For the most part, this year's Consumer Electronics Show revolved around smarthome technology andautomated cars, but one other category that surprisingly took up a lot of space in the exhibition areas was educational toys for kids.
Companies from around the world brought their connected toys and showed off how they could better educate children in a fun and 21st century way.
According to the NPD Group, the U.S. toy market grew to $18.24 billion in 2014 from $17.5 billion in 2013. And as of October, the market was on track to increase another 7% in 2015.
The opportunity for toy makers is even bigger when considering the shifting digital habits of children and parents' desire to keep digital activities productive and creative.
"As children spend more and more time interacting with digital devices, they don't have very many opportunities to create and experiment," MIT Media Lab's Mitchel Resnick recently told NPR.
"Oftentimes it's playing, clicking, consuming, as opposed to designing and expressing," Resnick said. "I would tell parents to look for either the apps or the toys where the child is in control. If it feels that the toy or tablet is in control, then I'd be much more cautious about it."
Here are six toys that were showcased at CES this week and demonstrate the growing and changing category.
1. The Code-A-Pillar
Mattel's (MAT - Get Report) Fisher-Price unveiled Code-A-Pillar, a caterpillar that is made up of movable segments. Each segment has a different direction on it --forward, right, left, or pause -- and the caterpillar moves based on how the segments are arranged.
The idea is that the Code-A-Pillar teaches early principles of coding through sequencing, problem solving, and goal-oriented programming. The child can set a specific target for a location he or she wants the code-a-pillar to reach.
The toy is geared towards kids ages three to eight and will be available in the fall for $49.99.
2. Lego WeDo
Lego stepped up its game with Lego Education WeDo 2.0, which offers a Lego-tied educational experience for kids in grade 2-5. They can explore different areas of science such as frog metamorphosis in the rain forest, weather-related events, and Mars through a special app that has them build a specific Lego project that is connected to the science theme, like a rover.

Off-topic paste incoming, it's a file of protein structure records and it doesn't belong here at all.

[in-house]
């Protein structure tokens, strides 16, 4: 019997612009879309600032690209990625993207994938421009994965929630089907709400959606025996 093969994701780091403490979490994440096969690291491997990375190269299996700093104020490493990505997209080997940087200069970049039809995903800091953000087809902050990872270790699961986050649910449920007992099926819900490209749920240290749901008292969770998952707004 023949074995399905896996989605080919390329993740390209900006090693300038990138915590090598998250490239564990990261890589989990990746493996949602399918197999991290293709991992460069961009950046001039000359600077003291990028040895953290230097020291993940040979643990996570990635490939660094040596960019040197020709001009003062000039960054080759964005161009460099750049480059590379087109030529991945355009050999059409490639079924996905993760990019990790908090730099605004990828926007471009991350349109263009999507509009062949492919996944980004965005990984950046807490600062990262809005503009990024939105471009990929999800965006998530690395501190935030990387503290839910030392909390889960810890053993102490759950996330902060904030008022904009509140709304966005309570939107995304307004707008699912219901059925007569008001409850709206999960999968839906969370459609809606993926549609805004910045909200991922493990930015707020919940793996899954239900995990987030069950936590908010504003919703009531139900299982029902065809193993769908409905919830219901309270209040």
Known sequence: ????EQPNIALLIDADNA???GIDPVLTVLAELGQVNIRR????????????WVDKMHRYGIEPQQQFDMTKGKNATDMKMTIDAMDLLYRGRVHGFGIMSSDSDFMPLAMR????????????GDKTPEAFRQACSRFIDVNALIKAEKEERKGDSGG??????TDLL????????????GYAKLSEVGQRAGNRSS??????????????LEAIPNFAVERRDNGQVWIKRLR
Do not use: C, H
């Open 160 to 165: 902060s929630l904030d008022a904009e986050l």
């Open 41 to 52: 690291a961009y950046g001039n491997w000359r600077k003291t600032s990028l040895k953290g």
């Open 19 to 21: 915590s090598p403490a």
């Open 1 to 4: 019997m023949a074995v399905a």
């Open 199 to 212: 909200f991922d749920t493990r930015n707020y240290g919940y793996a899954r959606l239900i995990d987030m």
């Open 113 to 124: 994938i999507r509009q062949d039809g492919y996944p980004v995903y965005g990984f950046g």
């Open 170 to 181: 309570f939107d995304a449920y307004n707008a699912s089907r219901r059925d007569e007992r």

The Lego itself is then connected to the app via Bluetooth and can be programmed to teach early coding principles.
The WeDo construction set is available for $159.95, with the accompanying software included.
Edwin, the smart rubber duck, takes an old bath-time tradition and turns it into an interactive activity for kids. The waterproof toy, which was created by Indiana-based Pi Labs, connects to an app via Bluetooth.
The app goes through a narrative that asks the child to move the duck in specific ways to complete different tasks in the interactive story. For example, you have to shake Edwin up and down to brush your teeth, and you have to toss Edwin in your hand to put away the laundry.
Edwin, which is geared towards kids under the age of 9, costs $99 and is availableonline, at Best Buy, and at Apple stores starting next week.
4. The Square Panda
The Square Panda aims to help kids learn to read and spell by pairing an iPad with a playset accessory. The accessory connects to the iPad, where kids can access different challenges that require them to arrange the letters. Parents can also personalize the challenges with their own words.
Wonder Workshop's Dash is a mini robot that can respond to a child's voice, move around the house and sing. Through accompanying apps, kids can program Dash to do things like play their favorite song, move along a set path and blink an eye.
Parihug's matching bears aren't really educational but they are developmentally important for kids whose parents are constantly traveling. The pair of stuffed animals (they can be bears or any other animal) are connected via Wi-Fi so that when a mom or dad hugs (squeezes) one bear, the other bear vibrates, no matter how far apart.